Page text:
Straw-tailed Whydah (Vidua fischeri)
The straw-tailed whydah is native to the the continent of Africa. A brood parasite the male imitates the song of the Purple Grenadier, its host.
The male straw-tailed whydah averaged 11 inches in length. The female averages about 4 inches in length. The males of a breed feature bright cream colored plumage around the belly, breast, and crown. Their bill is bright red, and the rest of their feathers are black. They also feature a set of straw colored tail feathers. This gives them their name, the straw-tailed whydah. Females and non breeding males are a darker cream with streaks of black and shorter tails (also black). Juveniles are duller in color but match the overall scheme of their adult counterparts.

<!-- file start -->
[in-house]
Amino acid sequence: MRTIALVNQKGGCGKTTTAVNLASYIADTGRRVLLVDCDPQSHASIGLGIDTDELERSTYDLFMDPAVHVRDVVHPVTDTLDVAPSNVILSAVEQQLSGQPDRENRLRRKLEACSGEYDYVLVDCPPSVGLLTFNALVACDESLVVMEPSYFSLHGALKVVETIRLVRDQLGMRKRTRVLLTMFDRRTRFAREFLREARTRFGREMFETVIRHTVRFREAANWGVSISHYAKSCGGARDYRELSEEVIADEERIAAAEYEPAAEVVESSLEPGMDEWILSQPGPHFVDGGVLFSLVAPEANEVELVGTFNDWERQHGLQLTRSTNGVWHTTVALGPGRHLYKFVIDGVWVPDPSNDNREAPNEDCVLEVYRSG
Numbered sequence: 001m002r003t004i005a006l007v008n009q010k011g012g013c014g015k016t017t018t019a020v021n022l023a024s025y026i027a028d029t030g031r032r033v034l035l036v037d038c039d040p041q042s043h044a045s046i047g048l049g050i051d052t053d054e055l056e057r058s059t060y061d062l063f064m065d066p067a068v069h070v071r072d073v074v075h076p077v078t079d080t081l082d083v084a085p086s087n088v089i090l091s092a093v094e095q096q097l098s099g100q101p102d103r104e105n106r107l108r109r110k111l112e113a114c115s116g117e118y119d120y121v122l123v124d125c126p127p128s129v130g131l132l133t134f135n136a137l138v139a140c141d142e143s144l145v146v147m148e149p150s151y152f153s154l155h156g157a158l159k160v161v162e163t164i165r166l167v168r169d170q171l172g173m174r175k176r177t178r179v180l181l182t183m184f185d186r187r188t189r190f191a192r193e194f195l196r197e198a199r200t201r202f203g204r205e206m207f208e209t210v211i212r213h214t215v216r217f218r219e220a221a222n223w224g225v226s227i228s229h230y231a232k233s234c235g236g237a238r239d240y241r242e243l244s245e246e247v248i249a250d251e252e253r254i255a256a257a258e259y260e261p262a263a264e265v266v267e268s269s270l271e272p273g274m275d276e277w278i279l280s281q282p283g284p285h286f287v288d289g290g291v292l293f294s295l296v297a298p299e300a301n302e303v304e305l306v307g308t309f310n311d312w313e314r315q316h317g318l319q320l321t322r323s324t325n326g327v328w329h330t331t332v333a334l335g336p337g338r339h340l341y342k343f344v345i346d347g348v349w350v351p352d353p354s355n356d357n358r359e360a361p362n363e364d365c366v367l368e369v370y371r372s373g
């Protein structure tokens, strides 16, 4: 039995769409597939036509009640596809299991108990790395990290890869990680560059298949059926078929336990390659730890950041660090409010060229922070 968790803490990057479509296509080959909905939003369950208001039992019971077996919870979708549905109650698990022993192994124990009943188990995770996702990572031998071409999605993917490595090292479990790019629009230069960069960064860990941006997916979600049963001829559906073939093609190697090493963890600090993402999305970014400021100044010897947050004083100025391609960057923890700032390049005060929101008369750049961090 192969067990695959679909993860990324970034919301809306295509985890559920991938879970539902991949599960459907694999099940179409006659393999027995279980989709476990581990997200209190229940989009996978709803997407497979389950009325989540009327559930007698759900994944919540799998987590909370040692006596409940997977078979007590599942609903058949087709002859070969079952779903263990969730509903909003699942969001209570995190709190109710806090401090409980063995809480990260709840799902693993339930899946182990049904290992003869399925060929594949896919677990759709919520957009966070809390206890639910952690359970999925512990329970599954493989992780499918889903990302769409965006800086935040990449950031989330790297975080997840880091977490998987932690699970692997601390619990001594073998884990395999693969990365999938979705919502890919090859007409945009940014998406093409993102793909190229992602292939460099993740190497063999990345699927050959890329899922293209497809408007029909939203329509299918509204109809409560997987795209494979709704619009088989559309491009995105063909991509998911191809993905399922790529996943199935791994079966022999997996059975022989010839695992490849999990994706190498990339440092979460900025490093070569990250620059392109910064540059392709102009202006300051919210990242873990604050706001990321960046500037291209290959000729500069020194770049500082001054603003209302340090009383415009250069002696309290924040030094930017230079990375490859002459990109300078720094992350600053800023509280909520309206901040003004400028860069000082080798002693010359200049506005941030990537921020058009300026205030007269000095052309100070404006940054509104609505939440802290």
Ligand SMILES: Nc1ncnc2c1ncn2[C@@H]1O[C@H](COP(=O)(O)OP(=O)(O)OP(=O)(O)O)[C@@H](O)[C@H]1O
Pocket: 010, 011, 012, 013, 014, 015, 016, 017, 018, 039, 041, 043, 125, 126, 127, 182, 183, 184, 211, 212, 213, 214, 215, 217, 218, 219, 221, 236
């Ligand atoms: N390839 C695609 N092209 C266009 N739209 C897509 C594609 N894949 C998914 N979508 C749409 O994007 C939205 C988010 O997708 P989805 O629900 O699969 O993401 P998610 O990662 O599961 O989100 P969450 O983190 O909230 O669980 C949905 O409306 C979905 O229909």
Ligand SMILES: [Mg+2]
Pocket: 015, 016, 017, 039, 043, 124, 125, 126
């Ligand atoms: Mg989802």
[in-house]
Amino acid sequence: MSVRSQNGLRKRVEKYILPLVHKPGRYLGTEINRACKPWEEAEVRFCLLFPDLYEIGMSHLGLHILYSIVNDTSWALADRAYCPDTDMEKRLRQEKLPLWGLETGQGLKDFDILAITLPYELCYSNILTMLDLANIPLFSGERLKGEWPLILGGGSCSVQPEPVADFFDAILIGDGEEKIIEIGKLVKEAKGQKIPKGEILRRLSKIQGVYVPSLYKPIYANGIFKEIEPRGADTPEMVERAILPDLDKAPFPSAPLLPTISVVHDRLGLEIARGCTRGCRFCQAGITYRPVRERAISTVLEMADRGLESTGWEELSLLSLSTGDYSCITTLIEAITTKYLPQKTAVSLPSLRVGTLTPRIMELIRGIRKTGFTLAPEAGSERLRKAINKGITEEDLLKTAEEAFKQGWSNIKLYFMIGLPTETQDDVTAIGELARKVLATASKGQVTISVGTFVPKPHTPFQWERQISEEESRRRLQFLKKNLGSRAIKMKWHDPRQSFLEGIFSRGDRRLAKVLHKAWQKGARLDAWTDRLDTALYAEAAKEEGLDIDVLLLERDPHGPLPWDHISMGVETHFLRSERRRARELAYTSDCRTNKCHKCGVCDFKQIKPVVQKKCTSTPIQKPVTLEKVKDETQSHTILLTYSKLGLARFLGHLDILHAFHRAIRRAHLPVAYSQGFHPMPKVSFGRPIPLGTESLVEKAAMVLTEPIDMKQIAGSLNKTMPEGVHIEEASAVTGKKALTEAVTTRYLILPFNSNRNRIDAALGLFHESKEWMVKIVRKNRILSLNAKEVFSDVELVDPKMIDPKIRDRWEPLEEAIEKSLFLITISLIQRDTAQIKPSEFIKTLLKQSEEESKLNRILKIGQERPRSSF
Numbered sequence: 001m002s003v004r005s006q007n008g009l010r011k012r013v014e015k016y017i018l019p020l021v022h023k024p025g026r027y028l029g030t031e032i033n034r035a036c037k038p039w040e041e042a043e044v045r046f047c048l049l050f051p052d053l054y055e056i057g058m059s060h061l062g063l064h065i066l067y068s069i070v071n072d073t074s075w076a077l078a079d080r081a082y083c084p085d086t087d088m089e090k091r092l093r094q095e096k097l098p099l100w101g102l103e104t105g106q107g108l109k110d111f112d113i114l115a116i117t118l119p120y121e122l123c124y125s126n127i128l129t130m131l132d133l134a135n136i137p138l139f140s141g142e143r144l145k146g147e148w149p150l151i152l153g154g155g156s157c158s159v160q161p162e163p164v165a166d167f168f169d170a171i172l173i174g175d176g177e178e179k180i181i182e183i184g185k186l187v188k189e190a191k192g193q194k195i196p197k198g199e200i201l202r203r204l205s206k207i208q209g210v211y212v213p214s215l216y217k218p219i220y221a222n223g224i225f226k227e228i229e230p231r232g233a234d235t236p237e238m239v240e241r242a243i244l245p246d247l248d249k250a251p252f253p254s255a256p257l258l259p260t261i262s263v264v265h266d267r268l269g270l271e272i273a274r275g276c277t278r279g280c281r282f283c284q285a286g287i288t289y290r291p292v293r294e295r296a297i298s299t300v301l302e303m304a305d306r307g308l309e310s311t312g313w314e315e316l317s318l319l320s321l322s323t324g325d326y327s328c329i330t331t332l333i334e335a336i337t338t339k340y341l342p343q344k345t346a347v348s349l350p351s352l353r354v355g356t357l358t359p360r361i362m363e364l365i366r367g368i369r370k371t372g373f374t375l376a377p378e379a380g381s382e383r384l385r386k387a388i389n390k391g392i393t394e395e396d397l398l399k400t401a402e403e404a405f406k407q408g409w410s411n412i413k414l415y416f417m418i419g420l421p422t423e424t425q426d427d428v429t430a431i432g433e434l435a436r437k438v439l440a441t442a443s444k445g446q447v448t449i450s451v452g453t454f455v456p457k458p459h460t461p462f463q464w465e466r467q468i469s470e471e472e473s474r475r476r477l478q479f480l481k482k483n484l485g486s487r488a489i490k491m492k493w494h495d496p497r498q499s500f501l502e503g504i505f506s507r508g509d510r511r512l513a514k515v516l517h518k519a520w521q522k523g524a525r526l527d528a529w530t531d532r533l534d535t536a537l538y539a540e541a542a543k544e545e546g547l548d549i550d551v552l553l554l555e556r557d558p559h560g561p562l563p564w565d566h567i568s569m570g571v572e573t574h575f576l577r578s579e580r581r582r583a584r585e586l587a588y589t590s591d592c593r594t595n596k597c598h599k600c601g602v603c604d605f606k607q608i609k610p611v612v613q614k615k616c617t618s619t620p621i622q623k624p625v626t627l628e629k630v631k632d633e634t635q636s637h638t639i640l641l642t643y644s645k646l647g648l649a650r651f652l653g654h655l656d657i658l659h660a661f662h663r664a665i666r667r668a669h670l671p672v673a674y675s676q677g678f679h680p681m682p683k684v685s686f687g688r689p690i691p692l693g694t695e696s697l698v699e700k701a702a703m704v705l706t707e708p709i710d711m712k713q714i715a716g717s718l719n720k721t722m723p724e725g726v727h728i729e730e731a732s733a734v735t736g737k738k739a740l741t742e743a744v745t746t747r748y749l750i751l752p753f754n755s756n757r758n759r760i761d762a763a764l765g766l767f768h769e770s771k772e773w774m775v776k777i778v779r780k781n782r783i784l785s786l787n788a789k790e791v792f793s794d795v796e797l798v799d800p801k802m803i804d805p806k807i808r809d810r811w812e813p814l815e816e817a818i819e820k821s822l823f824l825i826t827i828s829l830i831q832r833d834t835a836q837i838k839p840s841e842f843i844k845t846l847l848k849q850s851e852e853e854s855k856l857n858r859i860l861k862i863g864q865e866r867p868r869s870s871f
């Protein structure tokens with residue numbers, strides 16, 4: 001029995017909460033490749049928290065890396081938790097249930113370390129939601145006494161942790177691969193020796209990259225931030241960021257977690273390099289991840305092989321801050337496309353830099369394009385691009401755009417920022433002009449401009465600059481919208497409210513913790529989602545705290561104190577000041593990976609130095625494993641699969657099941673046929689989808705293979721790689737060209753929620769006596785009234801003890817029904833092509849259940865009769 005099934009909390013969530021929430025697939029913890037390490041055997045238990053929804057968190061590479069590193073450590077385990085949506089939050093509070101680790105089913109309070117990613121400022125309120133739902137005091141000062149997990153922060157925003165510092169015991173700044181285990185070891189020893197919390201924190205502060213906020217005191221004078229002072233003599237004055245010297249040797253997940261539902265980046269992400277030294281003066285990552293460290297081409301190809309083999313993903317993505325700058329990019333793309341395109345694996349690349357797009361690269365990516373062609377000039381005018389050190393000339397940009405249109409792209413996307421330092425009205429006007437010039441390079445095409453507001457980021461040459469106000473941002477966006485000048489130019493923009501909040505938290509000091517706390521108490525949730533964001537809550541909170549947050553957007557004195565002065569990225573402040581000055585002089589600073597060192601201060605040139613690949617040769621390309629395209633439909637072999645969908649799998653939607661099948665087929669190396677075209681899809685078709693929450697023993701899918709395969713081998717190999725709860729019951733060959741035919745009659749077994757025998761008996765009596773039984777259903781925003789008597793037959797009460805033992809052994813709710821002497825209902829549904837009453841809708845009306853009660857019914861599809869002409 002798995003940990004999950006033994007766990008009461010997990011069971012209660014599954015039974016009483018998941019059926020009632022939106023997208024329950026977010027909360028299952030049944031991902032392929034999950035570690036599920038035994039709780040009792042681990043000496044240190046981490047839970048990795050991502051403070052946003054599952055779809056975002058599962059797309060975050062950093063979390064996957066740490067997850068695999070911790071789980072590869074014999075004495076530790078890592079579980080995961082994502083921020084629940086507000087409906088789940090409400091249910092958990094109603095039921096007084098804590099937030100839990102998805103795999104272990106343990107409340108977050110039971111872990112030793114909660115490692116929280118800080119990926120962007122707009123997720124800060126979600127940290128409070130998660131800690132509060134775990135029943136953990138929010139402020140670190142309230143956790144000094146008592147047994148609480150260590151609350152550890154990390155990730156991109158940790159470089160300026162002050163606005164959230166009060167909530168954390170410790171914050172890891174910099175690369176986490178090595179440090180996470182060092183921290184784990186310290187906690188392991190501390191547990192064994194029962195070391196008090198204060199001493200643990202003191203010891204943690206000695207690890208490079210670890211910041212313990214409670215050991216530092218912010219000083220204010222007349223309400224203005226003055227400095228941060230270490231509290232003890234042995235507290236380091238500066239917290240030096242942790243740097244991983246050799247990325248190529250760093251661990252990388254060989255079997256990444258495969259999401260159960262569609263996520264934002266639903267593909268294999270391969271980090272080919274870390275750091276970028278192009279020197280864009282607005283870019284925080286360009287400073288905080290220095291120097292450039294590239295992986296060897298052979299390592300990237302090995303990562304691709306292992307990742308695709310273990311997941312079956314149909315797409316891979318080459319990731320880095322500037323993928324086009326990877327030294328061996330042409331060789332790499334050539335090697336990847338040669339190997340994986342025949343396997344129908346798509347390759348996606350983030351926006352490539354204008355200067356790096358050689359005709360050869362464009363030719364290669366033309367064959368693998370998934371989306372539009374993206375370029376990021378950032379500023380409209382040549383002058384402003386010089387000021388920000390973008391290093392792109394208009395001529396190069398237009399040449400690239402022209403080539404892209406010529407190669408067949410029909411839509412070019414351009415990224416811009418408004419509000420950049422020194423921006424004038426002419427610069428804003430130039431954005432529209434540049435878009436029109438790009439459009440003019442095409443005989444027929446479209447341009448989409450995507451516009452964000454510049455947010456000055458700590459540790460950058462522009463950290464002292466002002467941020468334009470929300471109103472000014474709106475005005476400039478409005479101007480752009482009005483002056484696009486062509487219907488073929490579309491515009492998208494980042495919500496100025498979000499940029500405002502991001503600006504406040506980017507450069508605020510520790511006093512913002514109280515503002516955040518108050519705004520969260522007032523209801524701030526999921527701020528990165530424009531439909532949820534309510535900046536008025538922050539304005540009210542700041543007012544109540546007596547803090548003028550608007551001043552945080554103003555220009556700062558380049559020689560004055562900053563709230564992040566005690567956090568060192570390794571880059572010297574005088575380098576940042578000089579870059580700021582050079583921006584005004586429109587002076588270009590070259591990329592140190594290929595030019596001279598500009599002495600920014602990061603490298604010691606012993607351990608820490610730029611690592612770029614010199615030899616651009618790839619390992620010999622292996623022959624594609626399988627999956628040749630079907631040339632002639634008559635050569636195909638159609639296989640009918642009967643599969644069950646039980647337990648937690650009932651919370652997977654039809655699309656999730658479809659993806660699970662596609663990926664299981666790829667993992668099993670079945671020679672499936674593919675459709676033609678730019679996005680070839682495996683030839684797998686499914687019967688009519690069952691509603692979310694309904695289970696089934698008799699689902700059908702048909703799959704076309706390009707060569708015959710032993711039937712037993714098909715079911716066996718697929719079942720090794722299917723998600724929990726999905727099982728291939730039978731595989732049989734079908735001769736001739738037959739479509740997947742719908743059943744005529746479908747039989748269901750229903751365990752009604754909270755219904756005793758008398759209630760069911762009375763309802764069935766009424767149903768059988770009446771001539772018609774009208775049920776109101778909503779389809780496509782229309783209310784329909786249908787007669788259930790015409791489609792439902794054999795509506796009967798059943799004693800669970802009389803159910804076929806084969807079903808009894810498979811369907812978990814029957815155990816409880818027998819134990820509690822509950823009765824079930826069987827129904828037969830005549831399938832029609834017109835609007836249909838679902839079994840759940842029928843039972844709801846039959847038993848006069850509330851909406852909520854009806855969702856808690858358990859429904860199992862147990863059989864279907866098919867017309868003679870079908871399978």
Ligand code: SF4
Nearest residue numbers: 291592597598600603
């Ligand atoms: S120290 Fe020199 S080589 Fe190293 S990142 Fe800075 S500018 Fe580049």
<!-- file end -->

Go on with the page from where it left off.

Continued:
The Whydah is most commonly found in the savanna and scrub brush areas of Uganda, Tanzania, Sudan, Somalia, Kenya, and Ethiopia. It is not a widespread species and is often found in small broods.
The straw-tailed whydah is what is known as a brood parasite. This means they lay their eggs in their host species’ next in this case the Purple Grenadier. No harm is done to the host bird’s eggs and the whydah typically will only lay one egg per nest.